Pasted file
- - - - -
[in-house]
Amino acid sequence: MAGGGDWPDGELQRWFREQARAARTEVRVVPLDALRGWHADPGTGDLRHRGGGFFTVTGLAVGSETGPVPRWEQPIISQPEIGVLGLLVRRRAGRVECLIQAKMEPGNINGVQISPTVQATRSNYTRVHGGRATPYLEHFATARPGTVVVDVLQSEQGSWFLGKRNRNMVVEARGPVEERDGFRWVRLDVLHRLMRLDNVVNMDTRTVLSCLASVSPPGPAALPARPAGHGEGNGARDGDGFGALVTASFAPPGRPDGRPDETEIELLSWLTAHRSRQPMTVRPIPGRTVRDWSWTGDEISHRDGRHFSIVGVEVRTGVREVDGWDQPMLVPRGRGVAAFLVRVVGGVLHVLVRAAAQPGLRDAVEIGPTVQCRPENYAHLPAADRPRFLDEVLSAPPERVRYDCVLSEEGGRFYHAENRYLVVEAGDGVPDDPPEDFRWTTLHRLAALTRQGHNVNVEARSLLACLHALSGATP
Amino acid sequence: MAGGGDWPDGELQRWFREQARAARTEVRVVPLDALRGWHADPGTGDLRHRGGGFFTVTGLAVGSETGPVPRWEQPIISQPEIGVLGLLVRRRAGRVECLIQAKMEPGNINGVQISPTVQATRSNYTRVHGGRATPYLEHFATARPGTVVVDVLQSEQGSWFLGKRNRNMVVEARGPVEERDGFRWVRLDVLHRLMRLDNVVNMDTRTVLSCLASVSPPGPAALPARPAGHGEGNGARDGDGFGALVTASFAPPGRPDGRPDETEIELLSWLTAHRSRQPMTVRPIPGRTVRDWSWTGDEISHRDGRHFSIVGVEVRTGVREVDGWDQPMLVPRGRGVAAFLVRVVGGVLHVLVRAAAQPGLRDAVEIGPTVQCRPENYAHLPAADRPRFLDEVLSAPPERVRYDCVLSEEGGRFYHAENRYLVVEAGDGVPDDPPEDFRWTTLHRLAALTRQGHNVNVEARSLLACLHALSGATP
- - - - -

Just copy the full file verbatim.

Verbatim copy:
[in-house]
Amino acid sequence: MAGGGDWPDGELQRWFREQARAARTEVRVVPLDALRGWHADPGTGDLRHRGGGFFTVTGLAVGSETGPVPRWEQPIISQPEIGVLGLLVRRRAGRVECLIQAKMEPGNINGVQISPTVQATRSNYTRVHGGRATPYLEHFATARPGTVVVDVLQSEQGSWFLGKRNRNMVVEARGPVEERDGFRWVRLDVLHRLMRLDNVVNMDTRTVLSCLASVSPPGPAALPARPAGHGEGNGARDGDGFGALVTASFAPPGRPDGRPDETEIELLSWLTAHRSRQPMTVRPIPGRTVRDWSWTGDEISHRDGRHFSIVGVEVRTGVREVDGWDQPMLVPRGRGVAAFLVRVVGGVLHVLVRAAAQPGLRDAVEIGPTVQCRPENYAHLPAADRPRFLDEVLSAPPERVRYDCVLSEEGGRFYHAENRYLVVEAGDGVPDDPPEDFRWTTLHRLAALTRQGHNVNVEARSLLACLHALSGATP
Amino acid sequence: MAGGGDWPDGELQRWFREQARAARTEVRVVPLDALRGWHADPGTGDLRHRGGGFFTVTGLAVGSETGPVPRWEQPIISQPEIGVLGLLVRRRAGRVECLIQAKMEPGNINGVQISPTVQATRSNYTRVHGGRATPYLEHFATARPGTVVVDVLQSEQGSWFLGKRNRNMVVEARGPVEERDGFRWVRLDVLHRLMRLDNVVNMDTRTVLSCLASVSPPGPAALPARPAGHGEGNGARDGDGFGALVTASFAPPGRPDGRPDETEIELLSWLTAHRSRQPMTVRPIPGRTVRDWSWTGDEISHRDGRHFSIVGVEVRTGVREVDGWDQPMLVPRGRGVAAFLVRVVGGVLHVLVRAAAQPGLRDAVEIGPTVQCRPENYAHLPAADRPRFLDEVLSAPPERVRYDCVLSEEGGRFYHAENRYLVVEAGDGVPDDPPEDFRWTTLHRLAALTRQGHNVNVEARSLLACLHALSGATP